Food Trucks invade downtown
Yesterday I met a friend of mine who works in the Weston Centre for lunch at one of the food truck pilot locations. It was a good break from the usual downtown dining and also the chance to be a part of something potentially big for downtown San Antonio. While the selection of trucks at the Weston Centre was pretty limited (Cheesy Jane’s and DUKTRuck) the food was pretty good and the atmosphere Puro San Antonio. Far from the penetration of trucks you’ll find in downtown Austin, it’s a pilot by the city to see how to infuse these mobile eateries amongst the many restaurants and storefronts of our downtown. One thing I can attest to in the first week, it’s definitely a pilot with some things needing to be tweaked.
The first question to really ask, in terms of why this is a pilot, is why has it taken so long for San Antonio. After all, isn’t San Antonio the home of mobile food vendors, or so it seems? How many times have we heard the jingling or melodic tunes of the raspa vendor as they drive down the streets of San Antonio, luring kids outside for some of the treats offered. What about the various vendors on the Westside. Wouldn’t this be a no-brainer for our city? Well, almost if it hadn’t been for a few city ordinances that created an obstacle for the trucks.
Austin has a thriving food truck market with over 1,200 mobile dining ventures located in and around the city. The activity of trucks has been so robust several food truck sites, Food Trailers Austin, Best Austin Food Trucks, and Austin Food Carts, were developed to help people find and rate the trucks. The nice thing about the Austin market is that as downtown Austin continues to grow, both from a business and residential perspective, these food trucks have the potential for long-term growth without a lot of investment.
Not wanting San Antonio to be left in the dust during the Decade of Downtown, city leaders kicked into action, creating a pilot program under the auspices of Downtown Operations. Of course, like any city action, there are bunches of rules and regulations the vendors have to follow to be a part of the fun. But the program is off to a start, with initial locations set for the City Hall Annex parking lot (located along Market Street by City Hall) and Hemisfair Park (under the arch). Another location at Maverick Park will most likely be added later. To help people find their favorite food truck, the city has also published a schedule of trucks and locations.
While this pilot focuses on the downtown, food trucks have been off and running in San Antonio for several months, with food truck parks springing up all over the city. Boardwalk on Bulverde is probably the most successful of these parks, with a wide variety of trucks in the location. It’s focused mostly for evening and weekend diners due to the isolated location of the park. Another park closer to downtown is the Alamo Street Eat Bar located on Alamo Street just south of Cesar Chavez Blvd. It follows the same model as Boardwalk on Bulverde, catering to an evening and weekend crowd.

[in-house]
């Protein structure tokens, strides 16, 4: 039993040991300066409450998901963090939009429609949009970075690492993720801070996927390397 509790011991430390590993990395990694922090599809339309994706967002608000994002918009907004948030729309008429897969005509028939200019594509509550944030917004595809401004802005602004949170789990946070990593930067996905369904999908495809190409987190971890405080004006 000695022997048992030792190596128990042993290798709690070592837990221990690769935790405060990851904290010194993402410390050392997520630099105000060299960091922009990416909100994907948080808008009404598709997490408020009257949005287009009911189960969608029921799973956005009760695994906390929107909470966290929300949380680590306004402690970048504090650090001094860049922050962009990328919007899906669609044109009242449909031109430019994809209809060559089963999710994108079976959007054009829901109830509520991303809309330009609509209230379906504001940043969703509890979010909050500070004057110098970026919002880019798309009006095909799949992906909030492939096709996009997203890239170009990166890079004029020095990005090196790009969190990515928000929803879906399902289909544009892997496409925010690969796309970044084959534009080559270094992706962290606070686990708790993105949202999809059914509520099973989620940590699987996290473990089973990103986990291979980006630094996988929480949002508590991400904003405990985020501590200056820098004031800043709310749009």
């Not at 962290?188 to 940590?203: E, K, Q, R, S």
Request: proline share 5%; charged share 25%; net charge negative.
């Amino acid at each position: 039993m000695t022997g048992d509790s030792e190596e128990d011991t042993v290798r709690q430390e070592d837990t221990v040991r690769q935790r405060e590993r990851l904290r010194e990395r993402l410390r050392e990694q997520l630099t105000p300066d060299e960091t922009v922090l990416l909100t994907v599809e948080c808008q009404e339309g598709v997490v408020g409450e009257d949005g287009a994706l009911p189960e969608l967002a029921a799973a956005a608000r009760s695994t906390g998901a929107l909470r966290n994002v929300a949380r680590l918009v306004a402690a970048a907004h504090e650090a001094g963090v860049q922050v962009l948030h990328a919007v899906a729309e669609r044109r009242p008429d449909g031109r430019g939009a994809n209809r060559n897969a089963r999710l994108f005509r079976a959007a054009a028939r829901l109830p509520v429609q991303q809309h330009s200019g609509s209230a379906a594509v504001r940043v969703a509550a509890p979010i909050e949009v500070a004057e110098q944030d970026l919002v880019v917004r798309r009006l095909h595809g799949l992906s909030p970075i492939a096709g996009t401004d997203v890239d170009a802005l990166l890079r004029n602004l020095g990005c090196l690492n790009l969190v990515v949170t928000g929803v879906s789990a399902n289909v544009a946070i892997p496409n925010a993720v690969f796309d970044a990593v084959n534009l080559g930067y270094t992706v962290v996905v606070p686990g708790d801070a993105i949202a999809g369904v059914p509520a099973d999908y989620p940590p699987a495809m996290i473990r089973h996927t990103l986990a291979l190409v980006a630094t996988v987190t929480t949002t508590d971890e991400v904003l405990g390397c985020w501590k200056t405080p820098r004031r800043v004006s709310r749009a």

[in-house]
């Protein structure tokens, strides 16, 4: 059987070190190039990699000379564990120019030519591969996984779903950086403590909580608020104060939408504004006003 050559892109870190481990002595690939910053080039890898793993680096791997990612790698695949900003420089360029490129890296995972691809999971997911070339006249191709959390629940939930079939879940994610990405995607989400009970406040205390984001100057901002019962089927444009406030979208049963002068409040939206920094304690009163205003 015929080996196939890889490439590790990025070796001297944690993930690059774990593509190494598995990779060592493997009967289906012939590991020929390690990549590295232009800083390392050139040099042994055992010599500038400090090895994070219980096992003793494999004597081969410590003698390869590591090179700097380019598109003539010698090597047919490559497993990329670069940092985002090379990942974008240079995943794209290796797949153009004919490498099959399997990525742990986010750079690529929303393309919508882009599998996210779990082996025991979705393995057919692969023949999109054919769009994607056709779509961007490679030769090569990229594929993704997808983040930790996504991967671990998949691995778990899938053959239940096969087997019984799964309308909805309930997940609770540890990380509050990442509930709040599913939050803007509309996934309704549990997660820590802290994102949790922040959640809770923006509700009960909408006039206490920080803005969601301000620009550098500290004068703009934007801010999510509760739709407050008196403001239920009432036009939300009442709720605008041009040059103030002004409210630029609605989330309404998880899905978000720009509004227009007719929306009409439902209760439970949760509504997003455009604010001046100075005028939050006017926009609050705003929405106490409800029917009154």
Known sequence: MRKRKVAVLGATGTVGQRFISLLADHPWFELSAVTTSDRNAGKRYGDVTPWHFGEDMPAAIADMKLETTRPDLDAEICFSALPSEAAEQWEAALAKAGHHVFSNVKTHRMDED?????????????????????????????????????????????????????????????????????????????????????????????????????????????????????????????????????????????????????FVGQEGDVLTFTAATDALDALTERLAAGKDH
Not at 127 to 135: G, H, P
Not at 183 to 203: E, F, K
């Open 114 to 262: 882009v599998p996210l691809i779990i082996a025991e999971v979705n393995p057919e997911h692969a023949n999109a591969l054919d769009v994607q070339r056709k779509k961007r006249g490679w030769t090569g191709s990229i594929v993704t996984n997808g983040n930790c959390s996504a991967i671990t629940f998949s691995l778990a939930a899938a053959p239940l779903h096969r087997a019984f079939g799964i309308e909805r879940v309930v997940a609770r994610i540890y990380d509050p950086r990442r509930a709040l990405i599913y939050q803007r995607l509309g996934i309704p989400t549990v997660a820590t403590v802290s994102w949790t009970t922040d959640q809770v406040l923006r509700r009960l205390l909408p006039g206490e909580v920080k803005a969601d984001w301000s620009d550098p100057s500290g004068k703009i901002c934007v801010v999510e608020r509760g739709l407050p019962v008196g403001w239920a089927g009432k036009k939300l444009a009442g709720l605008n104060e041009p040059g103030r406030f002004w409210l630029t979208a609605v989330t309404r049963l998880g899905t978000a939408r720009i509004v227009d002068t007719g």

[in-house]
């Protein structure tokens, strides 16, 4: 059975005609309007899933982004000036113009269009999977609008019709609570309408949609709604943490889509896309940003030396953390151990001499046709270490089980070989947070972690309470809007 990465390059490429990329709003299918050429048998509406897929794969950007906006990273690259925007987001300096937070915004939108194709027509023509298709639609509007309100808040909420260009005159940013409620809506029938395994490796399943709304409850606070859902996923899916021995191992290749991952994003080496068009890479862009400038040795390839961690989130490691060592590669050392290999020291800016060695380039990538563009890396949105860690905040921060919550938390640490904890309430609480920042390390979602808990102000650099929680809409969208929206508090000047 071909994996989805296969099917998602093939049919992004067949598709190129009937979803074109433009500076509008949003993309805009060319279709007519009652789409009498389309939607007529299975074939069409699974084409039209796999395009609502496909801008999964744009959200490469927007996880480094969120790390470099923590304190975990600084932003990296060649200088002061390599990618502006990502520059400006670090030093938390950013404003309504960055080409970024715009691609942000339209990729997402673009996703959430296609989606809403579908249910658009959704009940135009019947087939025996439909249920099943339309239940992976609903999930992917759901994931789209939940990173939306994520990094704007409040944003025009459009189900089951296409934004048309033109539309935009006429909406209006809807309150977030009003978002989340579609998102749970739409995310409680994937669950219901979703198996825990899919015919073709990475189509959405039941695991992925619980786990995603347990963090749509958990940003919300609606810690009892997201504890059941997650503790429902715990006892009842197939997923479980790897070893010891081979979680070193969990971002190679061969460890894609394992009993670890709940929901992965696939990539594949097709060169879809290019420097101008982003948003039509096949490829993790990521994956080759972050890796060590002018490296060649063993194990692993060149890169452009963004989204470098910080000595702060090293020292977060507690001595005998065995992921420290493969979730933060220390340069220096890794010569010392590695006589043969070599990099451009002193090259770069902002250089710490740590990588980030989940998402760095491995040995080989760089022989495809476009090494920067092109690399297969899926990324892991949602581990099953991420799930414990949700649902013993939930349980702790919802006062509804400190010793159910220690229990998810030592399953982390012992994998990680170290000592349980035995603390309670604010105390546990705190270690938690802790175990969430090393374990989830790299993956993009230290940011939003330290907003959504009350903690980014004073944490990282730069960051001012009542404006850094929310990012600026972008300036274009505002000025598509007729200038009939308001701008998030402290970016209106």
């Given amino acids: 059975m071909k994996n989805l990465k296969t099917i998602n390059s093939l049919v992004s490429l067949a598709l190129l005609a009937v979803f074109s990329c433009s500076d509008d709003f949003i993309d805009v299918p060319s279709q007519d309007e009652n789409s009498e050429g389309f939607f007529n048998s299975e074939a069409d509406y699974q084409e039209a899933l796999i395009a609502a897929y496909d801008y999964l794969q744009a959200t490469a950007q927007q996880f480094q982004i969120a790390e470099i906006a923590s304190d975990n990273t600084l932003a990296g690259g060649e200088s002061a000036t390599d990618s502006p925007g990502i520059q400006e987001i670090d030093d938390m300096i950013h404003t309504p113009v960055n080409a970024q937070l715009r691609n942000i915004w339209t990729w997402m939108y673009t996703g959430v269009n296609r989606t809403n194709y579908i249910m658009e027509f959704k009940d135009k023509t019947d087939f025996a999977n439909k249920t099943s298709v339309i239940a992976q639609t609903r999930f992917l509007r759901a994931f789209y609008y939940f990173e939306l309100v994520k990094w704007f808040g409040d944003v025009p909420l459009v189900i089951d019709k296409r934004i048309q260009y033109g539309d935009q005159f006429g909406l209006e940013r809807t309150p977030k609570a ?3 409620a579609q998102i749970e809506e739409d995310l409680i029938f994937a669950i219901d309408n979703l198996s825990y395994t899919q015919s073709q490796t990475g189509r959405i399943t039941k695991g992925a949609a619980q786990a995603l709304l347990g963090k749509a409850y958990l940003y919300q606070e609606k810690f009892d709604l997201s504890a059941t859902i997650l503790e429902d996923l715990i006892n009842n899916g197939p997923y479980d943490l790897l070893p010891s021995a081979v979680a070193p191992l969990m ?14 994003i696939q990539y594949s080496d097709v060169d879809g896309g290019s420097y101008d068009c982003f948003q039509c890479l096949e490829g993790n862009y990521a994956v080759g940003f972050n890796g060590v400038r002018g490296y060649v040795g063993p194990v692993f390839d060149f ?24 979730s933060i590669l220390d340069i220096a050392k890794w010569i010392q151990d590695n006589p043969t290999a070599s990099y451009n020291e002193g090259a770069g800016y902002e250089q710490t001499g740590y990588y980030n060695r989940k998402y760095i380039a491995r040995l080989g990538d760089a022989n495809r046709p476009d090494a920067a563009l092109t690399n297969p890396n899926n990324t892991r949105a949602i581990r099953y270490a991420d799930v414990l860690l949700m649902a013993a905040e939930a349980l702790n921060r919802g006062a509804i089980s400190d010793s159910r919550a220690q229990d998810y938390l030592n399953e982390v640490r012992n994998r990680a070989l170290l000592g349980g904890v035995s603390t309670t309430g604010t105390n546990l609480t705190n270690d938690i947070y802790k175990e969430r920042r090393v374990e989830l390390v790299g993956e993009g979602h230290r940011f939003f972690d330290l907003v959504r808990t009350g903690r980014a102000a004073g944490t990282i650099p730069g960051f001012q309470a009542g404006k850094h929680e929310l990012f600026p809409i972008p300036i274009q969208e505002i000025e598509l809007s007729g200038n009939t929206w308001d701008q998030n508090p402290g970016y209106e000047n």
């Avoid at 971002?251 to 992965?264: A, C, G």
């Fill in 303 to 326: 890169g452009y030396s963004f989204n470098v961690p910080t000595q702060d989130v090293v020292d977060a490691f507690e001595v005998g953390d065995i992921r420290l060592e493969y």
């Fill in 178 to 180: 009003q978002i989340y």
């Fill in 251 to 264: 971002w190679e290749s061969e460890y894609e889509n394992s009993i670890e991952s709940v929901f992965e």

That’s probably a realistic approach for food trucks in San Antonio, since they should be able to move where the crowd is. Having trucks located where the people are lets them cater to larger potential markets. As downtown continues to grow, the downtown locations could expand. To help people find these roving diners, the good folks at Sweb Development built the SA Food Truck Finder in an all day hackathon, offering the application free to both the food trucks and the public. It’s a work in progress and typifies the community spirit of open application development and food trucks.
A concept I had hoped would have happened in San Antonio during Fiesta would have been a Texas Food Truck Festival, where food trucks from across the state could come to Fiesta and compete during our big eleven day festival. While that never happened, Fiesta Fiesta, the opening ceremonies of Fiesta, created its own food truck court along Alamo Street. Now it looks like Dallas beat us to the punch, hosting the exact concept I had dreamed about in a couple of weeks at the Valley View Center.
San Antonio’s downtown pilot still needs some improvements to make it successful. During my tour yesterday, the biggest issue was number of trucks in place. Granted Tuesdays and Thursdays appear to be the more active dates for the trucks, according to the schedule, it would be great to see a few more trucks downtown. The City Hall Annex location needed tables, chairs and trash bins. All locations needed recycling bins for those water bottles and cans. Finally, the Hemisfair location seems to have pulled up shop a little early. I never found them when I finally made it to the arch by 1 p.m.
Even with the glitches, San Antonio food trucks are off to the races and running downtown. Here’s to hopefully a bigger and brighter future during the Decade of Downtown.